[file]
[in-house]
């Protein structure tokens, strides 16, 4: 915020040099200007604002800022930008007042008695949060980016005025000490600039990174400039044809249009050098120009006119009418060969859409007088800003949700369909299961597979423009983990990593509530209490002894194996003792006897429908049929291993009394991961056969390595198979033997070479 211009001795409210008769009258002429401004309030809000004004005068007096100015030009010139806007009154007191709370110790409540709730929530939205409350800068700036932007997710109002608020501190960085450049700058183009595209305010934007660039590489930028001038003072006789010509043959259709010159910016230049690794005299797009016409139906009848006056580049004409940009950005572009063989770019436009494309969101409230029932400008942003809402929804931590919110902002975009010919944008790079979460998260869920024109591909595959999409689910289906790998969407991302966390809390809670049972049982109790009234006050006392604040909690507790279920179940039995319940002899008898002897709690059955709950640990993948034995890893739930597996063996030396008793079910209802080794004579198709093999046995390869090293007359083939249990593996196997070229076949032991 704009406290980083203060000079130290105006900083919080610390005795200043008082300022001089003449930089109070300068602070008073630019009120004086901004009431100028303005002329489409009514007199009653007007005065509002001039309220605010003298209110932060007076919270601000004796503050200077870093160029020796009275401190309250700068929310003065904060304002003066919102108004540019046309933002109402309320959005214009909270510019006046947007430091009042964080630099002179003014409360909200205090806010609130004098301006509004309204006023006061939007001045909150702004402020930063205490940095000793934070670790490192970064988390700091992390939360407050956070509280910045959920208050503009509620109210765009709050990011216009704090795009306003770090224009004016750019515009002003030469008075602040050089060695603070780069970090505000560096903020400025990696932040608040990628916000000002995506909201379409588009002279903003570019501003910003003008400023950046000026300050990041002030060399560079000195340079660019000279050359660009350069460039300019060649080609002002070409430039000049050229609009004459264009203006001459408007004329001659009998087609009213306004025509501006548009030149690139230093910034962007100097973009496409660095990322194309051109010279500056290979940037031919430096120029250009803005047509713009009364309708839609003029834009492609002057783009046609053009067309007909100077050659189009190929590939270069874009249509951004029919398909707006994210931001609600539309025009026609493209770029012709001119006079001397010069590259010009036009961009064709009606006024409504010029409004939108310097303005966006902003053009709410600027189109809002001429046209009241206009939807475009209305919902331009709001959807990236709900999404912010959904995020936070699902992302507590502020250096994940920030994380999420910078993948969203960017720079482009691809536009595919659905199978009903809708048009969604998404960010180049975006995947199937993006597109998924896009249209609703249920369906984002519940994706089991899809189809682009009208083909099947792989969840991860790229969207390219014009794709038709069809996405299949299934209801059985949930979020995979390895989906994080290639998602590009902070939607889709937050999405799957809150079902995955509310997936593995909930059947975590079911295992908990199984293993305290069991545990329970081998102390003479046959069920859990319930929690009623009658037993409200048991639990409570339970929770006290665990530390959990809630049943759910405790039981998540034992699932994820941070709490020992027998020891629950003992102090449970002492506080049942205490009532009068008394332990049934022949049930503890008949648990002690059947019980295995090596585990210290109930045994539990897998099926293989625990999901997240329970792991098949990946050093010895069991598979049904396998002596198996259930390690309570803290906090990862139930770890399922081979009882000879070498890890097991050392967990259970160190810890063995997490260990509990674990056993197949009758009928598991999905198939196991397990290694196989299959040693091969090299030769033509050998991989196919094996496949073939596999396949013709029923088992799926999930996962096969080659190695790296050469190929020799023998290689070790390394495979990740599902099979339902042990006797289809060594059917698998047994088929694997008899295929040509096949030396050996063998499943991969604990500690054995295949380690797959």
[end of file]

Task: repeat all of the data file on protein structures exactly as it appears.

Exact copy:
[in-house]
């Protein structure tokens, strides 16, 4: 915020040099200007604002800022930008007042008695949060980016005025000490600039990174400039044809249009050098120009006119009418060969859409007088800003949700369909299961597979423009983990990593509530209490002894194996003792006897429908049929291993009394991961056969390595198979033997070479 211009001795409210008769009258002429401004309030809000004004005068007096100015030009010139806007009154007191709370110790409540709730929530939205409350800068700036932007997710109002608020501190960085450049700058183009595209305010934007660039590489930028001038003072006789010509043959259709010159910016230049690794005299797009016409139906009848006056580049004409940009950005572009063989770019436009494309969101409230029932400008942003809402929804931590919110902002975009010919944008790079979460998260869920024109591909595959999409689910289906790998969407991302966390809390809670049972049982109790009234006050006392604040909690507790279920179940039995319940002899008898002897709690059955709950640990993948034995890893739930597996063996030396008793079910209802080794004579198709093999046995390869090293007359083939249990593996196997070229076949032991 704009406290980083203060000079130290105006900083919080610390005795200043008082300022001089003449930089109070300068602070008073630019009120004086901004009431100028303005002329489409009514007199009653007007005065509002001039309220605010003298209110932060007076919270601000004796503050200077870093160029020796009275401190309250700068929310003065904060304002003066919102108004540019046309933002109402309320959005214009909270510019006046947007430091009042964080630099002179003014409360909200205090806010609130004098301006509004309204006023006061939007001045909150702004402020930063205490940095000793934070670790490192970064988390700091992390939360407050956070509280910045959920208050503009509620109210765009709050990011216009704090795009306003770090224009004016750019515009002003030469008075602040050089060695603070780069970090505000560096903020400025990696932040608040990628916000000002995506909201379409588009002279903003570019501003910003003008400023950046000026300050990041002030060399560079000195340079660019000279050359660009350069460039300019060649080609002002070409430039000049050229609009004459264009203006001459408007004329001659009998087609009213306004025509501006548009030149690139230093910034962007100097973009496409660095990322194309051109010279500056290979940037031919430096120029250009803005047509713009009364309708839609003029834009492609002057783009046609053009067309007909100077050659189009190929590939270069874009249509951004029919398909707006994210931001609600539309025009026609493209770029012709001119006079001397010069590259010009036009961009064709009606006024409504010029409004939108310097303005966006902003053009709410600027189109809002001429046209009241206009939807475009209305919902331009709001959807990236709900999404912010959904995020936070699902992302507590502020250096994940920030994380999420910078993948969203960017720079482009691809536009595919659905199978009903809708048009969604998404960010180049975006995947199937993006597109998924896009249209609703249920369906984002519940994706089991899809189809682009009208083909099947792989969840991860790229969207390219014009794709038709069809996405299949299934209801059985949930979020995979390895989906994080290639998602590009902070939607889709937050999405799957809150079902995955509310997936593995909930059947975590079911295992908990199984293993305290069991545990329970081998102390003479046959069920859990319930929690009623009658037993409200048991639990409570339970929770006290665990530390959990809630049943759910405790039981998540034992699932994820941070709490020992027998020891629950003992102090449970002492506080049942205490009532009068008394332990049934022949049930503890008949648990002690059947019980295995090596585990210290109930045994539990897998099926293989625990999901997240329970792991098949990946050093010895069991598979049904396998002596198996259930390690309570803290906090990862139930770890399922081979009882000879070498890890097991050392967990259970160190810890063995997490260990509990674990056993197949009758009928598991999905198939196991397990290694196989299959040693091969090299030769033509050998991989196919094996496949073939596999396949013709029923088992799926999930996962096969080659190695790296050469190929020799023998290689070790390394495979990740599902099979339902042990006797289809060594059917698998047994088929694997008899295929040509096949030396050996063998499943991969604990500690054995295949380690797959």